The Faculty continues to operate, as it has done for decades, as a non-profit making organisation, committed to serving its students, its subscribing Diploma holders and the noble art of astrology itself.

The furture of an ancient art

We might ask what kind of astrology the Faculty teaches, since included in its broad syllabus are both ancient and modern techniques, an ancient magical mindset alongside contemporary psychology.

Charles Carter believed there are four attitudes towards astrology: the old traditional attitude, the scientific attitude, the esoteric attitude, and the symbolic attitude – and that the Faculty embodies the symbolic attitude, since astrology is primarily an art of interpretation. This is perhaps just as true today. The Faculty’s approach acknowledges many concepts from Jung’s psychological model but also articulates the ancient idea of magical correspondence between literal/physical and imaginative/psychic modes of experience within the interconnected and ensouled cosmos inherited from Platonic teachings. It teaches the importance of accuracy and rigour, but at the same time acknowledges that astrology is full of paradox and mystery. It teaches interpretation but also invites its students into a fuller engagement with astrology’s symbols as a timeless language of the soul which takes us beyond the simple world of metaphor.

At the heart of the process are the consultancy skills intrinsic to our Diploma, as is the student’s ongoing work of self-reflection and engagement with their own chart and with questions of astrological philosophy. We remain focused firmly on the original founding principles of devoted study and good practice, at the same time embracing the changes that continue to shape astrology. These include the growing importance of astrology as a container for spiritual experience, and recognition of a deeper philosophical strand which links the Faculty into the chain of esoteric thought that has wound its way from Plato and the Neoplatonic and Hermetic traditions down to the present day.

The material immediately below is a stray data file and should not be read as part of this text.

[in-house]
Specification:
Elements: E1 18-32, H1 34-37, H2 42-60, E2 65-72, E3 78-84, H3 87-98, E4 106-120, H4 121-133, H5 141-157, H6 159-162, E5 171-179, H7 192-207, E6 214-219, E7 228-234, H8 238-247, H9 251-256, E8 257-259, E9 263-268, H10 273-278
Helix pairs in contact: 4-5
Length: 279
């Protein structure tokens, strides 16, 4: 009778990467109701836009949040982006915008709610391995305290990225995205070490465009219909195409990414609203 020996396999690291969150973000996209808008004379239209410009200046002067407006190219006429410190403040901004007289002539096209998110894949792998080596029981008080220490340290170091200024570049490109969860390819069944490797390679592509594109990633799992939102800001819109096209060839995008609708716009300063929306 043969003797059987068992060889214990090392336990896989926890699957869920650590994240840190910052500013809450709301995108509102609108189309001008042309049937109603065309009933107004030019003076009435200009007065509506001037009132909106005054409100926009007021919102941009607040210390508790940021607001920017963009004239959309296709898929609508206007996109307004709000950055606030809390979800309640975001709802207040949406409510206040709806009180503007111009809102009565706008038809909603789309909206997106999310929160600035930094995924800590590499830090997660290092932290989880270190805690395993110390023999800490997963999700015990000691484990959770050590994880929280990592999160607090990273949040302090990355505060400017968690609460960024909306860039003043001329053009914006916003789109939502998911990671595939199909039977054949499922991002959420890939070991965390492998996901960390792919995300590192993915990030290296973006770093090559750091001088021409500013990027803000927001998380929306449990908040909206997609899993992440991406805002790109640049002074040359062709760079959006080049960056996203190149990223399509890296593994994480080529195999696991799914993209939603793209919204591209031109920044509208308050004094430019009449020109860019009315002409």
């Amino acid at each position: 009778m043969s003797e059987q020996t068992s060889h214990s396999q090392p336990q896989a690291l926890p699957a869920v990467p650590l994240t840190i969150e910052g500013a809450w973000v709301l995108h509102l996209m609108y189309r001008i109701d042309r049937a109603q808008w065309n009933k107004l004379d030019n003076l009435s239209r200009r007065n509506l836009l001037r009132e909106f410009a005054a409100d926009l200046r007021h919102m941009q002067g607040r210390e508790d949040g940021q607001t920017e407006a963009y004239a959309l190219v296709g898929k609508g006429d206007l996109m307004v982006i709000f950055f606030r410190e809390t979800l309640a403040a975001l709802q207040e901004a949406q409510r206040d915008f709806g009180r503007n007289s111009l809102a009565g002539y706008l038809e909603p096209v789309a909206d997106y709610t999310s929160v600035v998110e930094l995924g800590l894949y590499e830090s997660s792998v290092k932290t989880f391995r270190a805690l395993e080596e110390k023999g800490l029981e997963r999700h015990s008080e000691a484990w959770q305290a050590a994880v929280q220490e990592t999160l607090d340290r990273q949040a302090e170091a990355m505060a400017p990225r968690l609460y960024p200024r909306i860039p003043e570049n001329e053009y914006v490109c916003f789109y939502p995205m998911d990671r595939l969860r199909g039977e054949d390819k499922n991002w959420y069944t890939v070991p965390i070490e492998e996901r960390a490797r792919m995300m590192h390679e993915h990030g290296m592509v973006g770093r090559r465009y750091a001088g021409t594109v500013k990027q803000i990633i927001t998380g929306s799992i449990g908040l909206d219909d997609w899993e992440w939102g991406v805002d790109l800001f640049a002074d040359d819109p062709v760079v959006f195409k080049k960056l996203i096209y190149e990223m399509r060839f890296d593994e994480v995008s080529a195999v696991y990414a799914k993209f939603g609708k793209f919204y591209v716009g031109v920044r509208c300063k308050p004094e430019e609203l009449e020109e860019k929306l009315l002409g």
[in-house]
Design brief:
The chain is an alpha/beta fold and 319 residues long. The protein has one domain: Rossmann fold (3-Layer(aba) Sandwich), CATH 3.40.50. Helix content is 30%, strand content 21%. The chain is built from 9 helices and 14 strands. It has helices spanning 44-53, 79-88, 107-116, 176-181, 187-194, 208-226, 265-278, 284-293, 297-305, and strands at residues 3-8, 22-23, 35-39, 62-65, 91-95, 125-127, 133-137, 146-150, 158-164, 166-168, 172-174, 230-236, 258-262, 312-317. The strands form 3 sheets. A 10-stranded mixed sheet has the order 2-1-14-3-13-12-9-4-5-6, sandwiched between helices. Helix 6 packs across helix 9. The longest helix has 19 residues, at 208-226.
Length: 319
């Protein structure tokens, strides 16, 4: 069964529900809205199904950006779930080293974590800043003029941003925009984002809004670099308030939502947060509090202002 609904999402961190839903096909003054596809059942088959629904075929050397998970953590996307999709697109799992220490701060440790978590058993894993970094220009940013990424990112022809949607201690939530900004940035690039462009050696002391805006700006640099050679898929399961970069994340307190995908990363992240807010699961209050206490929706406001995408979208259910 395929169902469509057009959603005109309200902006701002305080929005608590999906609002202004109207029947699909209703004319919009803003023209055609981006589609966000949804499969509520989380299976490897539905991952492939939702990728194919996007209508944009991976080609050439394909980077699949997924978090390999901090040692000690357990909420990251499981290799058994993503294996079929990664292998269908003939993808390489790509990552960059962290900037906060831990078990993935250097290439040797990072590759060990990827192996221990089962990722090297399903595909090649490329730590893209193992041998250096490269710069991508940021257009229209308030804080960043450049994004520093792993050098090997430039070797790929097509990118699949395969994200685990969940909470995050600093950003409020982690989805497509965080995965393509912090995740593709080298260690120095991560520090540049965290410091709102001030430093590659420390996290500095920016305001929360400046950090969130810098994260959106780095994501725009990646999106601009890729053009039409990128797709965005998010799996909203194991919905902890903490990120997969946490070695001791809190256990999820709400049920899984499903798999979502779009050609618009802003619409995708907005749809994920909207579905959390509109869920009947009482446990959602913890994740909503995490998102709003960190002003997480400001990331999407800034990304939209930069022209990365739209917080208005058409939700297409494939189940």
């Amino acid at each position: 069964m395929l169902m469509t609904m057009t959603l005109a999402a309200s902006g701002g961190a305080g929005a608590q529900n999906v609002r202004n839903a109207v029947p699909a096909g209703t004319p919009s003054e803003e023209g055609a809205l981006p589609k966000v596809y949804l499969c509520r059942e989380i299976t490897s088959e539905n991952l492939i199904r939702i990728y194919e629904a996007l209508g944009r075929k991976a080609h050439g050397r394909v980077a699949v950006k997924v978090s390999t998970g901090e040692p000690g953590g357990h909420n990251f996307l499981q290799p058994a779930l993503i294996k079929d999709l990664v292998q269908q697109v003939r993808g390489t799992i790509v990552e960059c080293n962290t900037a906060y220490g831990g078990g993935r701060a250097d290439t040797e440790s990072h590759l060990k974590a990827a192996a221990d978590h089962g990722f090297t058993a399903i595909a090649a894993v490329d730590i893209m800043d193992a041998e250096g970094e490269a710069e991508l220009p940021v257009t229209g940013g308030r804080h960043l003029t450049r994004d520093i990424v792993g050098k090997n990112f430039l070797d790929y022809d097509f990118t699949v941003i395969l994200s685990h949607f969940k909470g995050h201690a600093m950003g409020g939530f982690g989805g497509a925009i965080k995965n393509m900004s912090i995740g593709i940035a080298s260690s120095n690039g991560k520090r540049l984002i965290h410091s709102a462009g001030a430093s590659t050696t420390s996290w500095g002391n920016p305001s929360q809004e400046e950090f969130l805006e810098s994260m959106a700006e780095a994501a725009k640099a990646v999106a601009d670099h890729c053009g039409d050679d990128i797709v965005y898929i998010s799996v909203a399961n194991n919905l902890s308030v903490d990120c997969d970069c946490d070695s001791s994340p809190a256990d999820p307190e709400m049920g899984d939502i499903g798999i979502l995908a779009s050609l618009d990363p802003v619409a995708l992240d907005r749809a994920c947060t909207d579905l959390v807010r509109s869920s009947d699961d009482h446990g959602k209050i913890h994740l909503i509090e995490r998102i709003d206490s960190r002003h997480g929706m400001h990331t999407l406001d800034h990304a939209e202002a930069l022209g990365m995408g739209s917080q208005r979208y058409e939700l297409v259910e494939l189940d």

Charles Carter
Edmund Caselli
Margaret Hone
Basil Koop (also known as Regulus)
Lorenz von Sommaruga

Current Patrons

Robert Hand
Liz Greene
Clare Martin
Julia Parker
Melanie Reinhart

Past Patrons

John M Addey
Baldur Ebertin
Dane Rudhyar

Faculty Principals

Charles Carter, 1948-1954
Margaret Hone, 1954-1969
Jeff Mayo, 1969-1973

Faculty Presidents

Julia Parker, 1973-1979
Martin Freeman, 1979-1986
Lindsay Radermacher, 1986-1995
Ron Gwynn, 1995-1999
Kathleen Barnett (Acting), 1999-2000
Clare Martin, 2000-2009
Carole Taylor, 2009-2012
Laura Andrikopoulos, 2012-2015
Cat Cox, 2015-

Further details

Liz Henty, a Faculty Council Member from 2007 to 2009, was invited to write a history of the Faculty’s early years from 1948 to 1981 as part of the Faculty’s 60th Anniversary celebrations. This is Liz’s individual and copyright-protected research work.
Part 1 (1948-1969)
Part 2 (1970-1981)